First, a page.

luke587

5+ Year Member
Jun 7, 2010
208
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Pre-Medical
Hey everyone,

So I'm considering going back to school and the question of PA vs MD/DO keeps crossing my mind. So I wanted to give a little background about myself. I graduated 2.5 years ago from a fairly good university. I started off strong (3.5+ GPA) until about my junior year of college. Fell off the tracts and didn't do as well, mainly in my physics/elective courses. I attribute some of it to being very immature and not being focused and some of it came from a diagnosis of anxiety/clinical depression. Regardless, I have accepted that some of it was in my control, some of it maybe not so much along with losing some family members to illness, it was a really hard time for me.

Fast forward, I graduated just fine in 4 years but not with a GPA that I really wanted (3.3 overall, 3.1 science). Really, the killer is two physics courses (both C- and C+ ) along with a few electives that ended in Cs. So I sort of thought maybe medicine wasn't for me or maybe I wasn't cut out for it. So I decided to take some time off and luckily landed a very good heatlh care job that pays extremely well.

I've been in this position since graduation and have accumulated 5000+ hours of clinical experience working 50 hour weeks and have got to see a lot of really cool things within healthcare, mainly all OR/anesthesia related. The pay is fantastic but that initial "making money" excitement wore off quick and I'm finding myself wanting more.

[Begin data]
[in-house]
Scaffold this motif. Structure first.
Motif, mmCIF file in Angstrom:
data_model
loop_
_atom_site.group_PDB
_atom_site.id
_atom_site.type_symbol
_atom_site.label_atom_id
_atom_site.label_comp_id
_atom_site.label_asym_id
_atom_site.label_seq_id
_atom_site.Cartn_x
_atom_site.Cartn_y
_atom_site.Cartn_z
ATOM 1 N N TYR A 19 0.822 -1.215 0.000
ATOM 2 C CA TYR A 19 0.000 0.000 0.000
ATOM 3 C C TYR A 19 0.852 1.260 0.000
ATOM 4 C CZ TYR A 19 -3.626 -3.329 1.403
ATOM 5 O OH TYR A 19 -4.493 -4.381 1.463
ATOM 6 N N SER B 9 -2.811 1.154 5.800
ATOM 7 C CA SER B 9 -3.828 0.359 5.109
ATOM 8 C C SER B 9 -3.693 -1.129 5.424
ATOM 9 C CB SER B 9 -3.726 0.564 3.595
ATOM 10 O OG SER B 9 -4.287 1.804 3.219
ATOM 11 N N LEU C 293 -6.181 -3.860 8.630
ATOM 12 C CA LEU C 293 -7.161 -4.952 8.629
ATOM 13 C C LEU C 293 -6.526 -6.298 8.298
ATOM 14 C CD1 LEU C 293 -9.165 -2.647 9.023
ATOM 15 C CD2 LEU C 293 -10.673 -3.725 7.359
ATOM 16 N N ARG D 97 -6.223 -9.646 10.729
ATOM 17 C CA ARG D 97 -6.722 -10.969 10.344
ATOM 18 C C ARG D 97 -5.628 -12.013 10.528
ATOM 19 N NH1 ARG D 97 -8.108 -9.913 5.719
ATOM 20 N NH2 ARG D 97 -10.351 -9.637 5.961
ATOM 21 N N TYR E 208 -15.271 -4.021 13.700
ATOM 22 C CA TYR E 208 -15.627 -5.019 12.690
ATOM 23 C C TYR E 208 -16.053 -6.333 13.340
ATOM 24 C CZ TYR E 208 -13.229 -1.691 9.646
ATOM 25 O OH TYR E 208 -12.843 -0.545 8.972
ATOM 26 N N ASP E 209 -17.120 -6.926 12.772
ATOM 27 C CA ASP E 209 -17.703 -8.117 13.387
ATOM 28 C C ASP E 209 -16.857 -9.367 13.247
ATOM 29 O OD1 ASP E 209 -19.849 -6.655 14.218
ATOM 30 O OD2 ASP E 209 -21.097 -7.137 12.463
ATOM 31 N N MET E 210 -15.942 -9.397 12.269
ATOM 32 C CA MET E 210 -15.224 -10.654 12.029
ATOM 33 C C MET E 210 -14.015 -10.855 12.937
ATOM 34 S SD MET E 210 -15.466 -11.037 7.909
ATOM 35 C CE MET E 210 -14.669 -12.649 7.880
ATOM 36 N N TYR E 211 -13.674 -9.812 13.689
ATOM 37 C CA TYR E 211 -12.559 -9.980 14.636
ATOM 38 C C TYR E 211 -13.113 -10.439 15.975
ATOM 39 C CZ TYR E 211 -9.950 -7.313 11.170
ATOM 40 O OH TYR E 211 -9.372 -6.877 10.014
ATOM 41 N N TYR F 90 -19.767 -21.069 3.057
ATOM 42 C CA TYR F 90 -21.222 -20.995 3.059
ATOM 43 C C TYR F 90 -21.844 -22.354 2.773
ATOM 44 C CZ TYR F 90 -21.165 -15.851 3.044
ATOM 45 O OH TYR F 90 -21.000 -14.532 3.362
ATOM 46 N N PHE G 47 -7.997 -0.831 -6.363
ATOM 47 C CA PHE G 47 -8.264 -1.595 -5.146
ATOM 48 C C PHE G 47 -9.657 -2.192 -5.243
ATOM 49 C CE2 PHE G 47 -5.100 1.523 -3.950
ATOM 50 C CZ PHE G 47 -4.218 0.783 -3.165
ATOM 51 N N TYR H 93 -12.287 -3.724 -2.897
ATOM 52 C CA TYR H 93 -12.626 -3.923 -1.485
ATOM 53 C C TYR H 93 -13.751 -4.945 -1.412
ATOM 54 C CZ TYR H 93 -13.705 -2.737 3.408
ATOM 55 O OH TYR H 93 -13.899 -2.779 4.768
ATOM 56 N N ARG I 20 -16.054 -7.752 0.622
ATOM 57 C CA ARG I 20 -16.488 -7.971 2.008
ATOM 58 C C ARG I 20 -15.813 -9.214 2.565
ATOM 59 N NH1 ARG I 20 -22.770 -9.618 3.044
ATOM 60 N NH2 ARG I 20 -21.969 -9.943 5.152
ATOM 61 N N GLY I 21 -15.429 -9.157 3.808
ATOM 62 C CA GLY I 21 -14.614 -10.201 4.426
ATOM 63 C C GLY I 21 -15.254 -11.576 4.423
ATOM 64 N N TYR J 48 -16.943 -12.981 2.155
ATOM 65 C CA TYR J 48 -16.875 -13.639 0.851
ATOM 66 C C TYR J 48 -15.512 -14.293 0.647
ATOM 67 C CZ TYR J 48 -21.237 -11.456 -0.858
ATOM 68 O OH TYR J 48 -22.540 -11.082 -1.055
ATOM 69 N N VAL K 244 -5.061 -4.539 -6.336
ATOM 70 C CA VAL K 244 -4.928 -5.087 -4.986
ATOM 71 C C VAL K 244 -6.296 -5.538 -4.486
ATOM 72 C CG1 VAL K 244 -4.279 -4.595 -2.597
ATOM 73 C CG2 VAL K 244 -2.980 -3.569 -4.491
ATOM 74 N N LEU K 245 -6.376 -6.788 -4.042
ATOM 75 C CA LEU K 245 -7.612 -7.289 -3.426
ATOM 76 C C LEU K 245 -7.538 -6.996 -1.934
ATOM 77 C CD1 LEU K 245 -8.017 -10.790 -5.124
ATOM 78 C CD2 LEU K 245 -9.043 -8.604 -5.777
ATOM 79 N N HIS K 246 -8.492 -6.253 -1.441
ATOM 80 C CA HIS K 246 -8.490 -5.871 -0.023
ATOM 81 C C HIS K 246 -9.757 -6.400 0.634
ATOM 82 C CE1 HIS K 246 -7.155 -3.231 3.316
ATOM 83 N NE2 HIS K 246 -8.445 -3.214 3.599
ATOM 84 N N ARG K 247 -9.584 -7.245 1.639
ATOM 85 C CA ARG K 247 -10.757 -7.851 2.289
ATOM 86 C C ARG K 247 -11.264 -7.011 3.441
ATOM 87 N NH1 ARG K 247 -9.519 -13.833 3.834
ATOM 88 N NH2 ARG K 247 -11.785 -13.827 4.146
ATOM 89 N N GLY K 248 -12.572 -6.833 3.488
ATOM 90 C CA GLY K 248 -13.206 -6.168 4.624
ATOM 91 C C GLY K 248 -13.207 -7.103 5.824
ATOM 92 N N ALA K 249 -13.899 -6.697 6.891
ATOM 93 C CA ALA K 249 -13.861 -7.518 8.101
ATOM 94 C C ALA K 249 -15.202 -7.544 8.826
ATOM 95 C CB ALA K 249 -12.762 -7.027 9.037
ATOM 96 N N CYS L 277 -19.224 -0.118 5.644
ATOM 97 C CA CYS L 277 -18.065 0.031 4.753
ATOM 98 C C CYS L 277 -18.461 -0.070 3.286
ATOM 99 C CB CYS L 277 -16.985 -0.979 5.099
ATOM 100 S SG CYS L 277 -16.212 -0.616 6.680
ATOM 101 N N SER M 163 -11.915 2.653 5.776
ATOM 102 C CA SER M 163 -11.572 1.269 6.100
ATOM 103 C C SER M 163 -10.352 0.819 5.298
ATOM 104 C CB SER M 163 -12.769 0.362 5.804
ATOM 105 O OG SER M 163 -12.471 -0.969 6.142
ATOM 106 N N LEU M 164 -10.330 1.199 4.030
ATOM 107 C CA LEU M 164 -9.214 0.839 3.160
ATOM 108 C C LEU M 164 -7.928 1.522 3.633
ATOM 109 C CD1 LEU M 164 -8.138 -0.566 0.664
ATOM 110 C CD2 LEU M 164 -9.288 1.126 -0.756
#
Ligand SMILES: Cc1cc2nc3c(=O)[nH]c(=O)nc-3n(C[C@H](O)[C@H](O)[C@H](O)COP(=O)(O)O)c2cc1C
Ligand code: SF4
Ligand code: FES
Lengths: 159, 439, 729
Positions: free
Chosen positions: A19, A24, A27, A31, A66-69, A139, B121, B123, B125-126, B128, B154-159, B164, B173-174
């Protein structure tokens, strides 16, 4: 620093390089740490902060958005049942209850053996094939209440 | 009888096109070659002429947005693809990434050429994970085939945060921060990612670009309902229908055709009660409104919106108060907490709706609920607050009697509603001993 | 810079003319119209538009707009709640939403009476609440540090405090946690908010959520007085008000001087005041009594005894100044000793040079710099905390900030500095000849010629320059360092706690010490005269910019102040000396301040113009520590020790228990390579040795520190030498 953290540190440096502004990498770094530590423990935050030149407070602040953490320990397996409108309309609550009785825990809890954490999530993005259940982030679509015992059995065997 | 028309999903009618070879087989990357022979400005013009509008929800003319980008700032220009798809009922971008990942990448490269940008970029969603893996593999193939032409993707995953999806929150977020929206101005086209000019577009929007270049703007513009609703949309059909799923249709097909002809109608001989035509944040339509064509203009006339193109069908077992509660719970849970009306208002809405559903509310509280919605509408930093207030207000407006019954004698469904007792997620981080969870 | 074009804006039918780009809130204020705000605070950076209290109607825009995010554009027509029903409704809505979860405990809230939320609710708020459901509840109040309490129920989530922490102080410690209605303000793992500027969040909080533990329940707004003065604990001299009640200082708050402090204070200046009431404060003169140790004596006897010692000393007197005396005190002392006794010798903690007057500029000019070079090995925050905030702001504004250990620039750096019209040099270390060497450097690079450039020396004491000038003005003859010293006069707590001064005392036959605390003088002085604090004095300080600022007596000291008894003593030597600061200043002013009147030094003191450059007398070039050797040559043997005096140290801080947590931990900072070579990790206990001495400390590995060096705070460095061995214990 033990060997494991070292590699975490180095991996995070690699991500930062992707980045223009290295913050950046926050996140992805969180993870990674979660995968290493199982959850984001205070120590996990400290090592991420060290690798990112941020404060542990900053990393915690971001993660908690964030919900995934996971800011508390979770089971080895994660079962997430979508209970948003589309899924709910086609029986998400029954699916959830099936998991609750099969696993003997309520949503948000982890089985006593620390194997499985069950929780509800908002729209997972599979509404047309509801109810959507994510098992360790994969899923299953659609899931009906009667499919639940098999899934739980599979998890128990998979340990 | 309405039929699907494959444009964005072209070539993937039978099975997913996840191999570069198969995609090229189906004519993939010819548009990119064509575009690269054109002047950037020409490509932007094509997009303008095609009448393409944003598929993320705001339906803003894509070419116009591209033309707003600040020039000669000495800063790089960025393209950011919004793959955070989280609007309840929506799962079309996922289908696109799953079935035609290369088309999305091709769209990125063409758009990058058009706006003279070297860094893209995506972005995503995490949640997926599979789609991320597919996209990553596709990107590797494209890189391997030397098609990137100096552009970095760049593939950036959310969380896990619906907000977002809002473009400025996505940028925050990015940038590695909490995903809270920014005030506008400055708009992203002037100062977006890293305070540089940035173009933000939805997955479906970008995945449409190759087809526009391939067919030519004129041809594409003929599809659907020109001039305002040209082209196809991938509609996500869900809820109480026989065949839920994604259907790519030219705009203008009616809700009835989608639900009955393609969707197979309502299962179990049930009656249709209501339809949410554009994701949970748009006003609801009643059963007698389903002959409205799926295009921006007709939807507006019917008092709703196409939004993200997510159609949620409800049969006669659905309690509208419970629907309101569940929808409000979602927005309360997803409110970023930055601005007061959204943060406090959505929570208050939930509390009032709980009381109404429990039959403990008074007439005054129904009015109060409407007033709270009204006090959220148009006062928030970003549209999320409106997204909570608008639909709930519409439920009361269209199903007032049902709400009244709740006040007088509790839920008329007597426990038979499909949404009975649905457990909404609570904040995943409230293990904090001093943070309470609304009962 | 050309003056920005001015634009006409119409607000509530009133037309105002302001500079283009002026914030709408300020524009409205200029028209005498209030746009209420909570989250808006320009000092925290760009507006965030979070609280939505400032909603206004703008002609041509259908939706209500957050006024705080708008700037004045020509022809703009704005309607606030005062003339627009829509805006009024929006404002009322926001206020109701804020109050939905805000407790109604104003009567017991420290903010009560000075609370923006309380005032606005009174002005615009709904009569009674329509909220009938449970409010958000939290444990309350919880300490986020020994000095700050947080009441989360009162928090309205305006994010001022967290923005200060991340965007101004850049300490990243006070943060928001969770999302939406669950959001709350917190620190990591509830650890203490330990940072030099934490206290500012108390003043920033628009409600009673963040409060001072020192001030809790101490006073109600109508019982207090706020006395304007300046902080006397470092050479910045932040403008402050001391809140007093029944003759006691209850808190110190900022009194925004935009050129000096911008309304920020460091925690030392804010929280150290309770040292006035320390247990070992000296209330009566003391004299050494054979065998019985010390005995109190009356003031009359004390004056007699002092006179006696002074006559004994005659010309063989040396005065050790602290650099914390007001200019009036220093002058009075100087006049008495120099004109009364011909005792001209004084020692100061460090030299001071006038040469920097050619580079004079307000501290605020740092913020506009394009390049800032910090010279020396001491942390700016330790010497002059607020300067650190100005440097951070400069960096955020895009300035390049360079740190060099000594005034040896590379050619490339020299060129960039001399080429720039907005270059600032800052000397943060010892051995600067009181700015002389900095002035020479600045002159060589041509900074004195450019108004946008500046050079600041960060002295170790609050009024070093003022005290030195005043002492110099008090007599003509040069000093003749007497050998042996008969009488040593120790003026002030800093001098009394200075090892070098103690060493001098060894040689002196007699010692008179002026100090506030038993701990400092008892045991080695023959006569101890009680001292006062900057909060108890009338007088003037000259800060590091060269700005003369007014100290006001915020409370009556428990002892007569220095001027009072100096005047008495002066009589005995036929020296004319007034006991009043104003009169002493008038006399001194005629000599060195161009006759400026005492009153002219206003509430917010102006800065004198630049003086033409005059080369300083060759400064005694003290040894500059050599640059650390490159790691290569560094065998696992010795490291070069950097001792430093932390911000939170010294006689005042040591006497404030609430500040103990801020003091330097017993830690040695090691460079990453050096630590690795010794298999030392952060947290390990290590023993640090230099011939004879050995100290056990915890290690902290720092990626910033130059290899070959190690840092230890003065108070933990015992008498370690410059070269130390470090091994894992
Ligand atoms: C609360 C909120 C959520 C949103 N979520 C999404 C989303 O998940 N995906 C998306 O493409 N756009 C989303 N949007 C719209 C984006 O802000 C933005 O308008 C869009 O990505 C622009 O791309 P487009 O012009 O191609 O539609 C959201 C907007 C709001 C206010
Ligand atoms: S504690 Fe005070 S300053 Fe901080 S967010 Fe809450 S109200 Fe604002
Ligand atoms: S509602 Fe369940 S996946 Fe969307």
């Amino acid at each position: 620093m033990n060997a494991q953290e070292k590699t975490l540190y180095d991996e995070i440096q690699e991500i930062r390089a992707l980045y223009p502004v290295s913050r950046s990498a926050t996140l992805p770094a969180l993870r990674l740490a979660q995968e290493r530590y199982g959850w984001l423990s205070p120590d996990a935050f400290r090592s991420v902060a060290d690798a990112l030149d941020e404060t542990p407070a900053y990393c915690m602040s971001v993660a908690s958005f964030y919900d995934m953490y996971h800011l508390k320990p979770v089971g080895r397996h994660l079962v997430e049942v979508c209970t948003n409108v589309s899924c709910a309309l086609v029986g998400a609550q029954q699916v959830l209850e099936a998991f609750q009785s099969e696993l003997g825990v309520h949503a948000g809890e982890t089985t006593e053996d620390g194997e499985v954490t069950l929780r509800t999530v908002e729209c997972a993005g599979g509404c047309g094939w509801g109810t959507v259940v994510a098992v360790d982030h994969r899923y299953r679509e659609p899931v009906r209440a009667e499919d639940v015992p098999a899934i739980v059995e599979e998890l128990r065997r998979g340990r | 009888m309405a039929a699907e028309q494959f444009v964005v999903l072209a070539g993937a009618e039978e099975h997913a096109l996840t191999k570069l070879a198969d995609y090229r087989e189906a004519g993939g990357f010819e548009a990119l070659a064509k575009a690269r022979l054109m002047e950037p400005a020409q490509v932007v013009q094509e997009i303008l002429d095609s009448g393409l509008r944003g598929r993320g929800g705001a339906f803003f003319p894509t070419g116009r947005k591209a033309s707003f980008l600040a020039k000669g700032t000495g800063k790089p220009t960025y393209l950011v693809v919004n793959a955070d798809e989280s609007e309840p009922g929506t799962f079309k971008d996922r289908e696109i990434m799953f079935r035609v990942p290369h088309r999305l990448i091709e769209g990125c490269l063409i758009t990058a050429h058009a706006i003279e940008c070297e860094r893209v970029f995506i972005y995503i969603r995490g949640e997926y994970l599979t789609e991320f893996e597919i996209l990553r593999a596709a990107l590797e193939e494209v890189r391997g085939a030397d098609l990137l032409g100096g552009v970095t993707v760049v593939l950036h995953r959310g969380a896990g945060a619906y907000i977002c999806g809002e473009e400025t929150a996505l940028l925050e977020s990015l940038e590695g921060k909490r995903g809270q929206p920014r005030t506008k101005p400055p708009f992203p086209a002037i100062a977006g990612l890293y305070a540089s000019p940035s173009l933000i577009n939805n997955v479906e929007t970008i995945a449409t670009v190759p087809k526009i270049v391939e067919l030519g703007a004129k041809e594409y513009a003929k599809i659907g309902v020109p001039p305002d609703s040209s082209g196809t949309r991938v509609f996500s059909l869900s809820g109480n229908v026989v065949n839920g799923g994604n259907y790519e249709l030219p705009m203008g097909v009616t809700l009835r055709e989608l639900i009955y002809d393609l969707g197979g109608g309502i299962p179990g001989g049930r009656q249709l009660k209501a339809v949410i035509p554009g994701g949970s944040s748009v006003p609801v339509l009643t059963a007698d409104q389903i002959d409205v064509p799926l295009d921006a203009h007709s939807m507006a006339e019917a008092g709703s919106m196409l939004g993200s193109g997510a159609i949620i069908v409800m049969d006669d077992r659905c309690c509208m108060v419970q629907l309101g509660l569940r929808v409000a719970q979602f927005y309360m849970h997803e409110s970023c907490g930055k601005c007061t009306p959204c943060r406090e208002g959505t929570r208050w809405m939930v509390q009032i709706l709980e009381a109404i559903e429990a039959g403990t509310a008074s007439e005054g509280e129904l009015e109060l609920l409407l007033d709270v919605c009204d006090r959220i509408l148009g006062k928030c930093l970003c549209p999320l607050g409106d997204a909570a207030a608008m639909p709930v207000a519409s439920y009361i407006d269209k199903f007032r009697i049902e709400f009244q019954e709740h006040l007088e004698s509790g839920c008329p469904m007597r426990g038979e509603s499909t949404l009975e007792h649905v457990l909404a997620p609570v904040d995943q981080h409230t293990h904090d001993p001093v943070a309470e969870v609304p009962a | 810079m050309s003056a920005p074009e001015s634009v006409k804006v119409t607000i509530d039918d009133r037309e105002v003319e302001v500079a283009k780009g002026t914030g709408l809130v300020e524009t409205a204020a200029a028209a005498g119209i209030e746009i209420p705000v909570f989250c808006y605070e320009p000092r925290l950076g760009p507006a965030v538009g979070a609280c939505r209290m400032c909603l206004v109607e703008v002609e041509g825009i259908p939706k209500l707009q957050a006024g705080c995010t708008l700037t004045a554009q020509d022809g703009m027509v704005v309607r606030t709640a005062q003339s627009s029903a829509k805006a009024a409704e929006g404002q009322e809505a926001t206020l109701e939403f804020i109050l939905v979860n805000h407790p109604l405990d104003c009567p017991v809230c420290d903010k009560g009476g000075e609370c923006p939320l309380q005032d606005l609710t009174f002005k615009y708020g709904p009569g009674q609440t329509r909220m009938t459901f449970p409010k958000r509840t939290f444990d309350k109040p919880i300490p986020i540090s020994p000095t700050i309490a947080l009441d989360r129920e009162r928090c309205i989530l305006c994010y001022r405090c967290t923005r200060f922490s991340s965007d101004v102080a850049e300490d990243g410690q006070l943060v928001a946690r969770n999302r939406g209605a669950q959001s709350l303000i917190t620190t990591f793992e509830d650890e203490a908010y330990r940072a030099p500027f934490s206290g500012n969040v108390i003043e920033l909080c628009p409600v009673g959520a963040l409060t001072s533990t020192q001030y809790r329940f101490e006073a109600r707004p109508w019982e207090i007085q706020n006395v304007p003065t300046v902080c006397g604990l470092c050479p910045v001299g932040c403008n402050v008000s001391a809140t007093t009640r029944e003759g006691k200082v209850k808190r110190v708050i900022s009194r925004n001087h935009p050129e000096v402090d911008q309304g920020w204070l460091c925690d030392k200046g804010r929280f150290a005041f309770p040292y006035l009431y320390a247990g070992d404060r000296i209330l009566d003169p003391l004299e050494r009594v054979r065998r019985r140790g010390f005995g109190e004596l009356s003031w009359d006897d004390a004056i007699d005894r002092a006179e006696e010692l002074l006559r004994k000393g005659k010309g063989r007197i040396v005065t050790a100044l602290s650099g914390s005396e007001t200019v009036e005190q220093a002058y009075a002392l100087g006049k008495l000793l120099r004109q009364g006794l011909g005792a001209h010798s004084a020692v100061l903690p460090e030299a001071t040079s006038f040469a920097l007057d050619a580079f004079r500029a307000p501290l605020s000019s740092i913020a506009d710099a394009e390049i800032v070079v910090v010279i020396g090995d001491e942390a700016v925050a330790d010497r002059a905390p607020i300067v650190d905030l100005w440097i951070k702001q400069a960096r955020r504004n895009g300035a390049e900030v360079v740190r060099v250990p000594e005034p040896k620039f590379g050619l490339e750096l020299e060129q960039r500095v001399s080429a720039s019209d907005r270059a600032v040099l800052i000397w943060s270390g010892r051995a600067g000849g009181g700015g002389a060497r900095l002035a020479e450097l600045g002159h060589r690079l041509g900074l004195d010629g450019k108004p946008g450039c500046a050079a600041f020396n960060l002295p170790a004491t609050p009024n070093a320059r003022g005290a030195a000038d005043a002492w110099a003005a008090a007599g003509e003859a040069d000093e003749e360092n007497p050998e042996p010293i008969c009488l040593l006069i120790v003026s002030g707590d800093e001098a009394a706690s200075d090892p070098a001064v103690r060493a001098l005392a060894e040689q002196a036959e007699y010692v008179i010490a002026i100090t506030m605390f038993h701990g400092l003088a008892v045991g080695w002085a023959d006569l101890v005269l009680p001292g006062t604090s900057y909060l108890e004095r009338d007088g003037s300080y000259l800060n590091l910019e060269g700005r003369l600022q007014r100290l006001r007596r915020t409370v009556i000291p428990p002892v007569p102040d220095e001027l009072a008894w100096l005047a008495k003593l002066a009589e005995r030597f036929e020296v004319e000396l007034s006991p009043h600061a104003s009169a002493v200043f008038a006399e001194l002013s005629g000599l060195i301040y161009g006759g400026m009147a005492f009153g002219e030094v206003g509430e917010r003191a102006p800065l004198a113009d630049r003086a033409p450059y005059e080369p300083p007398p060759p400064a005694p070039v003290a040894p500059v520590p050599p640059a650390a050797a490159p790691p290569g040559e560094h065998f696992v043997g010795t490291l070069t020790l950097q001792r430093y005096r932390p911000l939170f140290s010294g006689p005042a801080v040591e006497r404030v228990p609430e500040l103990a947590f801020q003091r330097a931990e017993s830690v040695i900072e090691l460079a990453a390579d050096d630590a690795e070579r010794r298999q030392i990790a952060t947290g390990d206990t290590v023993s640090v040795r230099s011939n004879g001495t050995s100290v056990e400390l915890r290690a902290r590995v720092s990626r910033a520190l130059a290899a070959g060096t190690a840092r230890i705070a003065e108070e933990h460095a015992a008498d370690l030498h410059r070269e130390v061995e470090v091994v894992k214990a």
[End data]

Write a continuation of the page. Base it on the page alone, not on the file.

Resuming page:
I work directly with PAs a lot of days and they seem so happy and I talk with them and many have encouraged me to go to PA school. Sometimes I wonder if I would be cutting myself short though and regret not going to medical school. With that said, I don't really have an ego per se and I work with physicians everyday as is and sort of enjoy their guidance and teaching I receive. I think I could be a good PA candidate as I recently took the GRE and scored very well and took a few classes (genetics/microbio) and got A's in both. I feel like I could re-take a few of my not so hot undergrad courses as well and pursue the DO route. I guess I'm feeling lost and I worry that if I become a PA I might not be satisfied 40 years from now but I also am 24 and don't know what sort of timeline I'm looking at should I chose the DO/MD route. Please throw me some suggestions of anyone who has been in similar shoes!
 

Eccesignum

I Narcanned Your Honor Student
7+ Year Member
Oct 13, 2011
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This is not a question a bunch of strangers on the internet can answer for you. I'm 36 and medical school was worth it for me. I know people older than I am for whom it was also worth it, and people 10 years younger for whom it wasn't -- and for quite varied reasons. It depends what you want from your life and your practice, and that's something only you can decide.

You say you don't know the timeline for DO/MD. Assuming you retake classes and concentrate on DO (which, with your current GPA that's likely what you'll need to do), that's however long you spend in UG, then four years in medical school, and about 3-7 of residency depending on your specialty. It's not a short road but again, it depends what you want from your life.